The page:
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In conversation with Ibram X. Kendi

Thoughts on culture, racism, and raising an antiracist baby

Scott Haas
In conversation with Ibram X. Kendi
Ibram X. Kendi. PHOTO: JEFF WATTS

Dr. Ibram X. Kendi, eminent scholar and youthful intellectual, brimming with ideas and a willingness to apply academic rigor to urgent matters of community, has arrived in Boston to become the founding director of the Boston University Center for Antiracist Research. The mission of the center is “to convene researchers and practitioners from various disciplines to figure out novel and practical ways to understand, explain, and solve seemingly intractable problems of racial inequity and injustice.”

Kendi’s 2019 book, “How To Be An Antiracist,” was followed this June by a picture book, “Antiracist Baby.” The Banner spoke with Dr. Kendi in early July about racism and the arts.

In what ways is cultural racism expressed by white critics and audiences of music and the arts, in general?
Oftentimes, white critics and audiences standardize their cultures as their cultures — and judge the cultures of Black and brown as not living up to the white cultures. 

How are Black musicians responding to racism in terms of creative process and public identity?
I think you have musicians and artists who more bluntly have used their art to amplify antiracist ideas and to promote racial justice, who recognize the equality of racial groups and who confront racism openly. And other artists who challenge racism by being into their own art unabashedly, and by doing so create a cultural norm.

And Black musicians create cultural narratives independent of white perceptions?
First of all, I think that in many ways music is the sounds of culture. It’s critically important for Black musicians to lean into the sounds of Black people, and not seek the culture of other groups — to reject the narrative that Black culture is any way wrong, inferior, or pathological.

Kendi’s new book, “Antiracist Baby” PHOTO: Courtesy penguin Random House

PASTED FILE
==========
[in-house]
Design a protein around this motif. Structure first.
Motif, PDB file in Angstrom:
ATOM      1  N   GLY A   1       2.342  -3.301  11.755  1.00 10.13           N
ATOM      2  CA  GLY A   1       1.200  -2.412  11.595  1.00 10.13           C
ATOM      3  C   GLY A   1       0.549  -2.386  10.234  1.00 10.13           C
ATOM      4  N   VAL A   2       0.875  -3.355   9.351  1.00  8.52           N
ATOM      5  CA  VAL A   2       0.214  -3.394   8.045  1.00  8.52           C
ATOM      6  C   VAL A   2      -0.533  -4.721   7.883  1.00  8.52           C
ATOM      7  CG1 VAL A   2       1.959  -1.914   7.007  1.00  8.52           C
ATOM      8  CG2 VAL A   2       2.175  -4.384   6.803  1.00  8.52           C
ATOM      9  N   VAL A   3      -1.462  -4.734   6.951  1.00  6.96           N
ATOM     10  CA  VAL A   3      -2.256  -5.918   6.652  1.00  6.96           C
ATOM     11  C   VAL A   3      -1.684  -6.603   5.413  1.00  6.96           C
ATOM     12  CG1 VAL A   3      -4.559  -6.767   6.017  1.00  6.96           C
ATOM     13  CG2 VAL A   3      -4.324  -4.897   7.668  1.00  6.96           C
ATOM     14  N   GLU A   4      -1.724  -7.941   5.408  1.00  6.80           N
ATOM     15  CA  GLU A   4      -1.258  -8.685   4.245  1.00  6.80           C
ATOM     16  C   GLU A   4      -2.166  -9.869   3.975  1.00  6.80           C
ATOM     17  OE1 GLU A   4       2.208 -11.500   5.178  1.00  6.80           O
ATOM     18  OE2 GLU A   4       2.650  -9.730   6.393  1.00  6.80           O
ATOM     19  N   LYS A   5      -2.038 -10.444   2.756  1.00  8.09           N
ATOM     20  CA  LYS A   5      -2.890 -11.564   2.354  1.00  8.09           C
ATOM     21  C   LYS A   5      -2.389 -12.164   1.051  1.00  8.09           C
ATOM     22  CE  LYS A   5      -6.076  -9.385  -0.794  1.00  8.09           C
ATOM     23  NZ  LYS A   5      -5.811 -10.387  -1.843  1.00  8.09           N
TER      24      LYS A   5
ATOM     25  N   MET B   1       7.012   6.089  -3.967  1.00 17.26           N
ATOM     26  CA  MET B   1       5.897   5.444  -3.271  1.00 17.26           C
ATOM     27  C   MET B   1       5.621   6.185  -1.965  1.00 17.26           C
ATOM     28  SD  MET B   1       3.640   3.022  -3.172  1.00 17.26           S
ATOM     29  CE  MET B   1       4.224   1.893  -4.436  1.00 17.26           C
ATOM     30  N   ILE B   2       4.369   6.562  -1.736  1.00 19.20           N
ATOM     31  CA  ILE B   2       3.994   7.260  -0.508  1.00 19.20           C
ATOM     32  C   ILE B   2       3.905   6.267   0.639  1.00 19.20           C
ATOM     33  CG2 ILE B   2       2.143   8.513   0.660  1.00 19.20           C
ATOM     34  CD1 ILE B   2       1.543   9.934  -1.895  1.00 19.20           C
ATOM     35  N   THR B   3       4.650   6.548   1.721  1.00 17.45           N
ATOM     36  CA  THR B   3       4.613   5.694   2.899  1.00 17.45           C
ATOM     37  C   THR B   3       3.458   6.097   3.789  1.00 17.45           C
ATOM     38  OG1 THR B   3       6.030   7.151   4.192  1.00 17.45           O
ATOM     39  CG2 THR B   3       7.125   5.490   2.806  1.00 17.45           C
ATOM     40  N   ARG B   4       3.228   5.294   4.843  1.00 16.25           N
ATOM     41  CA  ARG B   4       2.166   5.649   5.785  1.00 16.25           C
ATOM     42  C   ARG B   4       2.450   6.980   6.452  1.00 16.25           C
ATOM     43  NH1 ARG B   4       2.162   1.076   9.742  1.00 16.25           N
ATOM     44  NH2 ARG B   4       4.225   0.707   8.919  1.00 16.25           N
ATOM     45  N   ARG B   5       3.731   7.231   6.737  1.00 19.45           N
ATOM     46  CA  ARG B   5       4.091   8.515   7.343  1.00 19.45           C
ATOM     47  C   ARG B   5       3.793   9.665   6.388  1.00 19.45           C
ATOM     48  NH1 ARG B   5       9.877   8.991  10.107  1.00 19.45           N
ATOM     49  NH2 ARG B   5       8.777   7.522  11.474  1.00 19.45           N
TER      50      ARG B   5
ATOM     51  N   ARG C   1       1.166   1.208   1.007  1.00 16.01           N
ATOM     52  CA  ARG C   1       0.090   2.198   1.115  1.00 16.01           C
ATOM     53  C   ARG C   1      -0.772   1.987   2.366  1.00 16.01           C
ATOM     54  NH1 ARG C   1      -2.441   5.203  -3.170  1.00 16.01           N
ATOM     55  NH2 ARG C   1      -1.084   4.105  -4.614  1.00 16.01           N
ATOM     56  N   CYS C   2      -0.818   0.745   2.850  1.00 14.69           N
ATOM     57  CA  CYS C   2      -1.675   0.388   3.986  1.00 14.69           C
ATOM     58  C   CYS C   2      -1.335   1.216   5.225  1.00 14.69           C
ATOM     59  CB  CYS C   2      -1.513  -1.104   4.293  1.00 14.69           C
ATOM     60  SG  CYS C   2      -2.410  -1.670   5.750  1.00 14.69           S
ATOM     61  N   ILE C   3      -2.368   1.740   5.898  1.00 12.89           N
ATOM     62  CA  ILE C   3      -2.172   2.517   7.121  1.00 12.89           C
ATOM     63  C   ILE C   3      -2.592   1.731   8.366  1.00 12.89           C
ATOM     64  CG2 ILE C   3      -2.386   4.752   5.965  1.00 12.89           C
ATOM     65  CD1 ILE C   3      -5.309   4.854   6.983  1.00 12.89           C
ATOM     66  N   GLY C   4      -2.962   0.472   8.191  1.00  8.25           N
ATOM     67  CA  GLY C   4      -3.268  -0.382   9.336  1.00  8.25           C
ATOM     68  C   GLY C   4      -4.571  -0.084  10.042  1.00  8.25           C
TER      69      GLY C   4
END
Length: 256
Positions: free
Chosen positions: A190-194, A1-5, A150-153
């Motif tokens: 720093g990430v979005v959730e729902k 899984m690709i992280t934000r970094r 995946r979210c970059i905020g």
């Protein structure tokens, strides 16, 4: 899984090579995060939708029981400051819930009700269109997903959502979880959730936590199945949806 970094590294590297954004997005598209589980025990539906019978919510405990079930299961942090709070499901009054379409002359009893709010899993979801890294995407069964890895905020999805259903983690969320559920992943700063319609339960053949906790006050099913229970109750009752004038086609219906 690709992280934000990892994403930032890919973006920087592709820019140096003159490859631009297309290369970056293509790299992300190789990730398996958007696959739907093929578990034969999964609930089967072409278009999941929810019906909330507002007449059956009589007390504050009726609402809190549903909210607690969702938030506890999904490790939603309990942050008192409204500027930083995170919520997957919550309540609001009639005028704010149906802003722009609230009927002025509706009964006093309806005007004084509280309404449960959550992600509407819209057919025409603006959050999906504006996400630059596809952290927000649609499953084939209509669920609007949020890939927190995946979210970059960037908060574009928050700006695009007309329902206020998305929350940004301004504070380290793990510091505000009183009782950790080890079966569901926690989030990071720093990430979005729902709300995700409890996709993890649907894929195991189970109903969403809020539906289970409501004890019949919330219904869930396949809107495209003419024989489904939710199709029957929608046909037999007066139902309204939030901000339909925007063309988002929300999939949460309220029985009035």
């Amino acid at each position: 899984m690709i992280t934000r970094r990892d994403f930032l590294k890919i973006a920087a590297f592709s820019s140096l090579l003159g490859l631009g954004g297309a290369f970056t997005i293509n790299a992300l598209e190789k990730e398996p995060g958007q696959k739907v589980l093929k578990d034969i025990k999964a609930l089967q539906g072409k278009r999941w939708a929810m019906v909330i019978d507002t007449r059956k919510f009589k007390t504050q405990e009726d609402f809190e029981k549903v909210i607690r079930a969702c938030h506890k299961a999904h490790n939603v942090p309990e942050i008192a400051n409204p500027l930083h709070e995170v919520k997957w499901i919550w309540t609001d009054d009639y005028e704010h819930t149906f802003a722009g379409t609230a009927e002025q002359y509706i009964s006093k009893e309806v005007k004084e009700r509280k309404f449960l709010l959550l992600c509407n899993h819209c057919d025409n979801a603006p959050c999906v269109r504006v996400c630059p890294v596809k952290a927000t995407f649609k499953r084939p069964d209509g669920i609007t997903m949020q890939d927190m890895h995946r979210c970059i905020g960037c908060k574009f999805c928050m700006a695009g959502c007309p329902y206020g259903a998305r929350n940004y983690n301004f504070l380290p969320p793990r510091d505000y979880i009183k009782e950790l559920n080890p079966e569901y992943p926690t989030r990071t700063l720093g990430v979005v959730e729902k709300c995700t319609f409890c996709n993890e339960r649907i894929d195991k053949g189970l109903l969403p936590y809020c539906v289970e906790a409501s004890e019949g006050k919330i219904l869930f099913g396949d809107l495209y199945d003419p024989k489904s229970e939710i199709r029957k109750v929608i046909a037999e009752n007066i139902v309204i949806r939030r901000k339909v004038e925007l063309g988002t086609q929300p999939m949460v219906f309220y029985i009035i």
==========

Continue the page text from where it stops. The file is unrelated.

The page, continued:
Kendi’s new book, “Antiracist Baby”
PHOTO: Courtesy penguin Random House

In your new book, “Antiracist Baby,” families educate their children about racist messages in art.
I try in my work to emphasize what assimilationist ideas mean and how not to be a part of them. Don’t be a parent that says, “Don’t listen to Black music.” Stop conveying assimilationist ideas, that imply matters such as: “That musician sounds good because it’s similar to the music of white people.” Appreciate the diversity of sounds of what music can provide.

“Antiracist Baby” provides lessons for families to teach babies antiracism. What impact might this have when the kids walk out the door?
I think that obviously when children see racism, they’ll feel a need to respond. To speak up. To speak out. Many of their classmates, many adults, swear they’re not racist. But the racism that a child experiences affects him or her. And that person who is racist may not have been told about his or her racism, and not realize it. Take offense.

You became the director of the Boston University Center for Antiracist Research on July 1. What’s it like to start the center in a city that has a reputation and history of racism? Jokes by Michael Che and Chris Rock attest to that. What’s it like for you to come to Boston?
I think that if I’m going to try to be part of a center of antiracism research in a community that is perceived to be or is actually racist — to me, you should build a center in that type of community. Look, I’ve lived up and down the East Coast: New York City, D.C., Philadelphia. People outside of these cities may say that they are not racist. But people inside each city? They know.

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